The Chrysallaman Empire made contact in 1947. Their mission was simple: find a suitable planet for colonization. Rich with land, minerals and water, Earth - HG-281- could boast only of a primitive race of defenders known as Humans, bugs who could be easily squashed by the might of a single Chrysallaman's mind. When a Chrysallaman ship is unexpectedly brought down in Roswell, New Mexico, the aliens return to their home planet to regroup, leaving behind a broken ship and a young alien boy who would grow to become one of Earth's greatest assets - and her greatest ally.
Mankind has 60 years to prepare a strategy to defend against not only superior technology, but superior psychic ability and strength. F.O.R.C.E., an elite group of military personnel, brilliant scientists, and a sombrero-wearing alien, is formed to develop a worldwide defense, the likes of which the Chrysallamans have never known.
Spanning six decades, the defining technological achievements, people and events of human history, from the Roswell incident to the Dali Lama to the Hubble telescope to the Pioneer missions, are masterfully re-envisioned and woven into The Origin of F.O.R.C.E. As they learn to work with each other, the humorous, tumultuous and sometimes romantic interactions of the F.O.R.C.E. team bring the book to life.
©2015 Sam B Miller II (P)2016 Sam B Miller II
Enjoyed how the writer started the book in the 50's era and gradually moved into the present day. Loved the way the writer took famous NASA missions and re-spun them to fit into the story as well. The aliens were portrayed as villainous but had a humorous undertone. The multitude of alien voices was impressive. Narrator was phenomenal.The plot was fairly simple but the characters, human and alien, made it really fun. The technology in the book is plausible and very inventive. I will definitely listen to book 2 when it is released.
This book had to have at least 40 characters. I was constantly impressed by the narrator's ability to have different voices for all of them. How the heck do they do that?? The relationship between Heinbaum and McPherson was performed exceptionally well...very funny too. The quality of the recording was excellent. I have listened to this narrator in another book called Threads of the War...a very different type of book but also incredible narration.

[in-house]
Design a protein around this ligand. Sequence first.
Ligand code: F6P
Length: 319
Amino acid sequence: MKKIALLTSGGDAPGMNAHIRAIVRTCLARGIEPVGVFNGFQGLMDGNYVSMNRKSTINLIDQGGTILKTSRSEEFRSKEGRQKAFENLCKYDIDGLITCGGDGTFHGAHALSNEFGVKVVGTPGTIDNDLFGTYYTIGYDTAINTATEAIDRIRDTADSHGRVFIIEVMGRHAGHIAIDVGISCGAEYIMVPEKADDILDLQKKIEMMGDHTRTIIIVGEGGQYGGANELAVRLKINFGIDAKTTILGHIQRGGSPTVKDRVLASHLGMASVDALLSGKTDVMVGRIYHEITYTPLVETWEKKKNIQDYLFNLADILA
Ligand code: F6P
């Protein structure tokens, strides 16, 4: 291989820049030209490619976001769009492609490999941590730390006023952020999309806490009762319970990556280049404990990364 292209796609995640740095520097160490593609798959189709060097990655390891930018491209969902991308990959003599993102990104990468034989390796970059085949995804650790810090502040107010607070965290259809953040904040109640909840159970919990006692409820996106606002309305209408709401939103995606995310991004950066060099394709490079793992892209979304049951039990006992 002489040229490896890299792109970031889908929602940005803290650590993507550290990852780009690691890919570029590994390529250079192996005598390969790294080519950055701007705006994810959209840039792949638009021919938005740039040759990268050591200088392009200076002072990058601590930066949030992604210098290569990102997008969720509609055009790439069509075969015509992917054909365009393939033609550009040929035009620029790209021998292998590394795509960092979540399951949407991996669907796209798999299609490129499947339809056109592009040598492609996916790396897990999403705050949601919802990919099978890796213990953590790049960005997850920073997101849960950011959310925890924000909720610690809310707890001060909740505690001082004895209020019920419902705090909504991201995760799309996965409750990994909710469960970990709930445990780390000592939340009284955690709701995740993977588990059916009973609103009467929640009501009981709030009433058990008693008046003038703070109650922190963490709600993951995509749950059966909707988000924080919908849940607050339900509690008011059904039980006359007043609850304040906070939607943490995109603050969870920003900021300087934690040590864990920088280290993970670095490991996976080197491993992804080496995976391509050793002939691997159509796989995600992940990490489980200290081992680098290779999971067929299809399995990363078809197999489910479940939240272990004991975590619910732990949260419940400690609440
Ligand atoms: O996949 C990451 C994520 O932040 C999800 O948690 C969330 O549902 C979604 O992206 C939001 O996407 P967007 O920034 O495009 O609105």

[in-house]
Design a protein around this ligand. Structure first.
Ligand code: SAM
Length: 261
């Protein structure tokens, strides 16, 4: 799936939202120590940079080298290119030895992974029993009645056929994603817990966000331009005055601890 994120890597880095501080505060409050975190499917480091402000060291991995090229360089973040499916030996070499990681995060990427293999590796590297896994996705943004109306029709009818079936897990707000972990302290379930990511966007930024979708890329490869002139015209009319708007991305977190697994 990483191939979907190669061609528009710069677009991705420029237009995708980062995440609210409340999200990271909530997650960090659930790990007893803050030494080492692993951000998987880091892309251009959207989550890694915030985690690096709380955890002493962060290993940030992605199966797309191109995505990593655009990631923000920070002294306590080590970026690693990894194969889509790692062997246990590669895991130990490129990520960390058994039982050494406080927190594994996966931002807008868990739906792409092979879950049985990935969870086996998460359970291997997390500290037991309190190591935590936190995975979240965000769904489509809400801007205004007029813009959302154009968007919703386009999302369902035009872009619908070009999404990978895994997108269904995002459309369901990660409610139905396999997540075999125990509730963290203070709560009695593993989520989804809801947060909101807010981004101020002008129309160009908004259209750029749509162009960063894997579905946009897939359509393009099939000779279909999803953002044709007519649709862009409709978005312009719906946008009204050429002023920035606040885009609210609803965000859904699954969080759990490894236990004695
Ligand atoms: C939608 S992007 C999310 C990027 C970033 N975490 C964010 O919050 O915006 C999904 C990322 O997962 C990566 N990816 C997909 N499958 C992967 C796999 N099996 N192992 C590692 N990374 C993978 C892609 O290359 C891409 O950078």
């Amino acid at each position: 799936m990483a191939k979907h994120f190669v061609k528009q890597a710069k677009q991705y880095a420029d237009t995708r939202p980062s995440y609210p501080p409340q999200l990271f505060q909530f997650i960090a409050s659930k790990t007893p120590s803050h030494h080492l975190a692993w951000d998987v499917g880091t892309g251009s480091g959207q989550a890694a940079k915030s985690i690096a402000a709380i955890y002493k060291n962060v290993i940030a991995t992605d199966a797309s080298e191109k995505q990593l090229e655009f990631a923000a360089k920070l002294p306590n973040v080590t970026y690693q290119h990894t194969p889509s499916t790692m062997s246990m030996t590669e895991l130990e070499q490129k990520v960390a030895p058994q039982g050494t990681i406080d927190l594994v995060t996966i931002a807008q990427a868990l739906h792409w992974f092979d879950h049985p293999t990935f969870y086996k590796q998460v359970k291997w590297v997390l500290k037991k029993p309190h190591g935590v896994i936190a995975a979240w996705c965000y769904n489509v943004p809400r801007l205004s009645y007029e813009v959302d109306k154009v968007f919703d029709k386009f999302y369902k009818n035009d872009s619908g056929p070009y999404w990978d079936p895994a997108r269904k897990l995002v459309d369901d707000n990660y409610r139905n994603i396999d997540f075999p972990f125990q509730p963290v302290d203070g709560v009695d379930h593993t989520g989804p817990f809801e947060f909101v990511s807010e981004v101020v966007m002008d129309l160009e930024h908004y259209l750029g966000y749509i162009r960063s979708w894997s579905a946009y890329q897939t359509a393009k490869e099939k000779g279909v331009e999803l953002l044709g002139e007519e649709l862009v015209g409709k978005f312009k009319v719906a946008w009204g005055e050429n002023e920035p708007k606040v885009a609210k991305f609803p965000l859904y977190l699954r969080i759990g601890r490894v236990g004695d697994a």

“This audiobook was given by the author, narrator, or publisher at no cost in exchange for an unbiased review "
If you are wondering about the validity of "unbiased reviews " when we get the book for free to review; it's all about preselection bias. We choose the books we want to review, so of course we have good things to say, we don't read and review the unwanted ones.
That being said, how do I share with you , just how good this was. The performance by John Pirhalla was excellent. Each character was distinct and the emotion of each passage was vividly experienced by the listener. The author Sam Miller spun a story so intricate and enticing that you can't help but want to know what's going to happen next. This was an enjoyable read, try it😊.
Great performance, very enjoyable. Only things that knocked it down was that there were parts where the description of somewhat non-vital things or elements dragged on and on...filler...I recommend the book, had good flow for the most part, humor and suspense. Where will the story go? I am not sure but I will get it, it does say part 1
Fun, Exciting and Engaging
No, but I really enjoyed his narration
I liked How they went around the work to find unique humans to help save the human race.
I like a wide range of genres. Favorites include Horror, SciFi, Fantasy, Thriller, LGBT, classics and history.